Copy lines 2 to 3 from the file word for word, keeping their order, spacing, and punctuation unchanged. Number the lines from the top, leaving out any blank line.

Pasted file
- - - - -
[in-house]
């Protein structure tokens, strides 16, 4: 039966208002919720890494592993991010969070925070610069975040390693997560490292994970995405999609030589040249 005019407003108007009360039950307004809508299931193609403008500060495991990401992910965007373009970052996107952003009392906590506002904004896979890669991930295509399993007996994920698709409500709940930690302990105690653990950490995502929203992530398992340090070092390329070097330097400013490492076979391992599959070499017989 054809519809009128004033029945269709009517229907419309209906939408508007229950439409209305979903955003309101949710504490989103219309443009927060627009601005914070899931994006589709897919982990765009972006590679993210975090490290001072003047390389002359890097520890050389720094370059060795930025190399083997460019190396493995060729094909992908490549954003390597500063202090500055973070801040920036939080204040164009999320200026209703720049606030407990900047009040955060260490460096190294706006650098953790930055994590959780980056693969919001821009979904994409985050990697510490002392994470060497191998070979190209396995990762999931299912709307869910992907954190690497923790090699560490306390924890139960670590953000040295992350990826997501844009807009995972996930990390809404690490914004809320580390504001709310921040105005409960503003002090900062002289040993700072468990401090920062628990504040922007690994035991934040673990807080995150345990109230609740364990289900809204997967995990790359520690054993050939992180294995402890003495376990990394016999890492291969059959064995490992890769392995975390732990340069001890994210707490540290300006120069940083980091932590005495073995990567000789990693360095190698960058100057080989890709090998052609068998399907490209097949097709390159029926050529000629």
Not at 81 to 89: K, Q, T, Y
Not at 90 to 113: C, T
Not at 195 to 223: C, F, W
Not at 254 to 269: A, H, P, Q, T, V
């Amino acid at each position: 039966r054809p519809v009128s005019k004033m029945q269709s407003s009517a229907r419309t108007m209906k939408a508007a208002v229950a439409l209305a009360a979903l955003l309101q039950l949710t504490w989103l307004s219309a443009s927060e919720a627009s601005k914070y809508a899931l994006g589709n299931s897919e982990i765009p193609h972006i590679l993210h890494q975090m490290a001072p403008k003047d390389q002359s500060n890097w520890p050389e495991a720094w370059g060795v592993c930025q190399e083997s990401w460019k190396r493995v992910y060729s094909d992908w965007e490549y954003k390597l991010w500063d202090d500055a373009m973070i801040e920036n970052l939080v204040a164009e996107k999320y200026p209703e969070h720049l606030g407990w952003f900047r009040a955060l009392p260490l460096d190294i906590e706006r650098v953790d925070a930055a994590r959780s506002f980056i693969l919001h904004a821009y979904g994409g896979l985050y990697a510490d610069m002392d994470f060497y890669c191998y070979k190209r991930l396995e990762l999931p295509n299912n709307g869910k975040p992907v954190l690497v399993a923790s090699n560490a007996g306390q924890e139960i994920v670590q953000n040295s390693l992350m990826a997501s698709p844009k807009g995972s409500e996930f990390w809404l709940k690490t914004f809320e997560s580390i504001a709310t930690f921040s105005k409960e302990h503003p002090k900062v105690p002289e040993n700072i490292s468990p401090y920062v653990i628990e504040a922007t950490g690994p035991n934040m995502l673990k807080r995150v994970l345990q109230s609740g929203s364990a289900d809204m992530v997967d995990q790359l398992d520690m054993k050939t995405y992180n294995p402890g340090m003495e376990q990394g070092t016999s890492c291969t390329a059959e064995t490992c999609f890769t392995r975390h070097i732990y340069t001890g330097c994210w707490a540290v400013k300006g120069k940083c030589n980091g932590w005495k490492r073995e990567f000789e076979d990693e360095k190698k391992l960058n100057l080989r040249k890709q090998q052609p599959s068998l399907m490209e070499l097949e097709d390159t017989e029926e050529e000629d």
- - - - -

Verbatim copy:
């Protein structure tokens, strides 16, 4: 039966208002919720890494592993991010969070925070610069975040390693997560490292994970995405999609030589040249 005019407003108007009360039950307004809508299931193609403008500060495991990401992910965007373009970052996107952003009392906590506002904004896979890669991930295509399993007996994920698709409500709940930690302990105690653990950490995502929203992530398992340090070092390329070097330097400013490492076979391992599959070499017989 054809519809009128004033029945269709009517229907419309209906939408508007229950439409209305979903955003309101949710504490989103219309443009927060627009601005914070899931994006589709897919982990765009972006590679993210975090490290001072003047390389002359890097520890050389720094370059060795930025190399083997460019190396493995060729094909992908490549954003390597500063202090500055973070801040920036939080204040164009999320200026209703720049606030407990900047009040955060260490460096190294706006650098953790930055994590959780980056693969919001821009979904994409985050990697510490002392994470060497191998070979190209396995990762999931299912709307869910992907954190690497923790090699560490306390924890139960670590953000040295992350990826997501844009807009995972996930990390809404690490914004809320580390504001709310921040105005409960503003002090900062002289040993700072468990401090920062628990504040922007690994035991934040673990807080995150345990109230609740364990289900809204997967995990790359520690054993050939992180294995402890003495376990990394016999890492291969059959064995490992890769392995975390732990340069001890994210707490540290300006120069940083980091932590005495073995990567000789990693360095190698960058100057080989890709090998052609068998399907490209097949097709390159029926050529000629």
Not at 81 to 89: K, Q, T, Y